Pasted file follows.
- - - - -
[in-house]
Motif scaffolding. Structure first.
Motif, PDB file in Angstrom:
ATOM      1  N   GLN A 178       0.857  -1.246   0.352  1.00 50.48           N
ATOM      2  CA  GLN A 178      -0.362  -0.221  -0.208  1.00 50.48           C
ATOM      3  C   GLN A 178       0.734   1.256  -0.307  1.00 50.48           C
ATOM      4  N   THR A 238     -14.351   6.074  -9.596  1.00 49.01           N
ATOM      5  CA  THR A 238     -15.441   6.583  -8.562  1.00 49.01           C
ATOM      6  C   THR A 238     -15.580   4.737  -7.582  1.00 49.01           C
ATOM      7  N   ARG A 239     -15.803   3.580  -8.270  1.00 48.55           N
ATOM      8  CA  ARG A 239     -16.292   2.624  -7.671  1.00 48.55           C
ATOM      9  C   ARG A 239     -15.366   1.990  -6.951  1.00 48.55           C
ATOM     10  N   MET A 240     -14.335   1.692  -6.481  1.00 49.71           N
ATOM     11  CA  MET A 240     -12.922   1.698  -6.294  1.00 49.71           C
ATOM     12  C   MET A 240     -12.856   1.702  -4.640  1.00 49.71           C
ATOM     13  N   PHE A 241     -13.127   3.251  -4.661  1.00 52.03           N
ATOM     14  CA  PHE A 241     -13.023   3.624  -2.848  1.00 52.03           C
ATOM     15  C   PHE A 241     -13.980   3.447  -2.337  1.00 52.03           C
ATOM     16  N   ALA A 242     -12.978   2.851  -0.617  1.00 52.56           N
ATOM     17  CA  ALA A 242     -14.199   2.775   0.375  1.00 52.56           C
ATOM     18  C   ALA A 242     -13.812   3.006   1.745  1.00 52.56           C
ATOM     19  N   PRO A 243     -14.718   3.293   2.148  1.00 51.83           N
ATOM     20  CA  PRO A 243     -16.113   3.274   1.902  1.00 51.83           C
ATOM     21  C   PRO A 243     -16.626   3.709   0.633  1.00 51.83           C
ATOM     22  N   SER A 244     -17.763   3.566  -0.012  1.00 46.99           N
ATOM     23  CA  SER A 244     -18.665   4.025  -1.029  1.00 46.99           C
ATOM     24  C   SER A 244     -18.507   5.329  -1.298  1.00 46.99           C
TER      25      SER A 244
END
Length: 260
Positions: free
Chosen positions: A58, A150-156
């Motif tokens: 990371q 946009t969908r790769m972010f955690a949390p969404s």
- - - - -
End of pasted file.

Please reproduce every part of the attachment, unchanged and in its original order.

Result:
[in-house]
Motif scaffolding. Structure first.
Motif, PDB file in Angstrom:
ATOM      1  N   GLN A 178       0.857  -1.246   0.352  1.00 50.48           N
ATOM      2  CA  GLN A 178      -0.362  -0.221  -0.208  1.00 50.48           C
ATOM      3  C   GLN A 178       0.734   1.256  -0.307  1.00 50.48           C
ATOM      4  N   THR A 238     -14.351   6.074  -9.596  1.00 49.01           N
ATOM      5  CA  THR A 238     -15.441   6.583  -8.562  1.00 49.01           C
ATOM      6  C   THR A 238     -15.580   4.737  -7.582  1.00 49.01           C
ATOM      7  N   ARG A 239     -15.803   3.580  -8.270  1.00 48.55           N
ATOM      8  CA  ARG A 239     -16.292   2.624  -7.671  1.00 48.55           C
ATOM      9  C   ARG A 239     -15.366   1.990  -6.951  1.00 48.55           C
ATOM     10  N   MET A 240     -14.335   1.692  -6.481  1.00 49.71           N
ATOM     11  CA  MET A 240     -12.922   1.698  -6.294  1.00 49.71           C
ATOM     12  C   MET A 240     -12.856   1.702  -4.640  1.00 49.71           C
ATOM     13  N   PHE A 241     -13.127   3.251  -4.661  1.00 52.03           N
ATOM     14  CA  PHE A 241     -13.023   3.624  -2.848  1.00 52.03           C
ATOM     15  C   PHE A 241     -13.980   3.447  -2.337  1.00 52.03           C
ATOM     16  N   ALA A 242     -12.978   2.851  -0.617  1.00 52.56           N
ATOM     17  CA  ALA A 242     -14.199   2.775   0.375  1.00 52.56           C
ATOM     18  C   ALA A 242     -13.812   3.006   1.745  1.00 52.56           C
ATOM     19  N   PRO A 243     -14.718   3.293   2.148  1.00 51.83           N
ATOM     20  CA  PRO A 243     -16.113   3.274   1.902  1.00 51.83           C
ATOM     21  C   PRO A 243     -16.626   3.709   0.633  1.00 51.83           C
ATOM     22  N   SER A 244     -17.763   3.566  -0.012  1.00 46.99           N
ATOM     23  CA  SER A 244     -18.665   4.025  -1.029  1.00 46.99           C
ATOM     24  C   SER A 244     -18.507   5.329  -1.298  1.00 46.99           C
TER      25      SER A 244
END
Length: 260
Positions: free
Chosen positions: A58, A150-156
């Motif tokens: 990371q 946009t969908r790769m972010f955690a949390p969404s």